Medical pot users need job protection
The California Supreme Court has ruled that employers may fire workers for using doctor-prescribed marijuana for medical purposes.
THE latest threat to ailing people who use doctor-recommended marijuana to ease their pain comes from a strange ruling by the California Supreme Court. The court ruled that employers may fire workers for using marijuana for medical purposes, which will prompt legislation to undo the ruling's damage. As one of 11 states that have legalized medical use of cannabis, Hawaii should enact similar workplace protections.
In a 5-2 ruling last week, the California high court upheld the firing Gary Ross, a former Air Force mechanic who used marijuana to ease the pain from injuries to his lower back in a fall off an airplane in 1983. A doctor prescribed the marijuana, but the court ruled that California's legalization of marijuana deals with criminal prosecution, not terms of employment.
Laws allowing medical use of marijuana were approved by California voters in 1996 and by the Hawaii Legislature four years later. As many as a thousand Hawaii residents have been registered with the state to use marijuana to treat their illnesses.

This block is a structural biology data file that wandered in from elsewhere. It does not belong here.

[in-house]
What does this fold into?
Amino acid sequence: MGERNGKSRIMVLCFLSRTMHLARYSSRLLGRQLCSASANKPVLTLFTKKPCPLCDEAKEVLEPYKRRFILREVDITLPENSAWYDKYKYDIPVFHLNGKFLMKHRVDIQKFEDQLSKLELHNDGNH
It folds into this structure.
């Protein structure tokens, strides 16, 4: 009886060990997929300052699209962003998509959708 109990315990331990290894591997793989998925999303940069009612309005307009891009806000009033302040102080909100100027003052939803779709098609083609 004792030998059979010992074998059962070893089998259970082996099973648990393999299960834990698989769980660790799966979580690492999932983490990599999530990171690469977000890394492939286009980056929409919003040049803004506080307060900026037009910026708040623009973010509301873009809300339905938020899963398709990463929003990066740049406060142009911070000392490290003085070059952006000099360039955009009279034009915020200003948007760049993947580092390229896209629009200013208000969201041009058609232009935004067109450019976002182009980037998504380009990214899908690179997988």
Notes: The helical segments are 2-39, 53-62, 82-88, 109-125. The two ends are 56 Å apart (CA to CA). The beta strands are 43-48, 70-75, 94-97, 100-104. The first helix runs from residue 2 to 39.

Those laws have been attacked by the Bush administration, which won a U.S. Supreme Court ruling in 2005 that subjects medical marijuana users to prosecution. However, that decision does not cover workplace rules.
The telecommunications company that fired Ross argued that it feared a raid by federal authorities. A state assemblyman from San Francisco said he plans to introduce a bill to provide medical marijuana users some workplace protections.
Left over from last year's Hawaii Legislature is a bill that would expand the use of medical marijuana and restrict physicians' role to conform with court rulings. While the California ruling does not apply to Hawaii, a precautionary provision providing workplace-protection should be attached to that bill and enacted into law.
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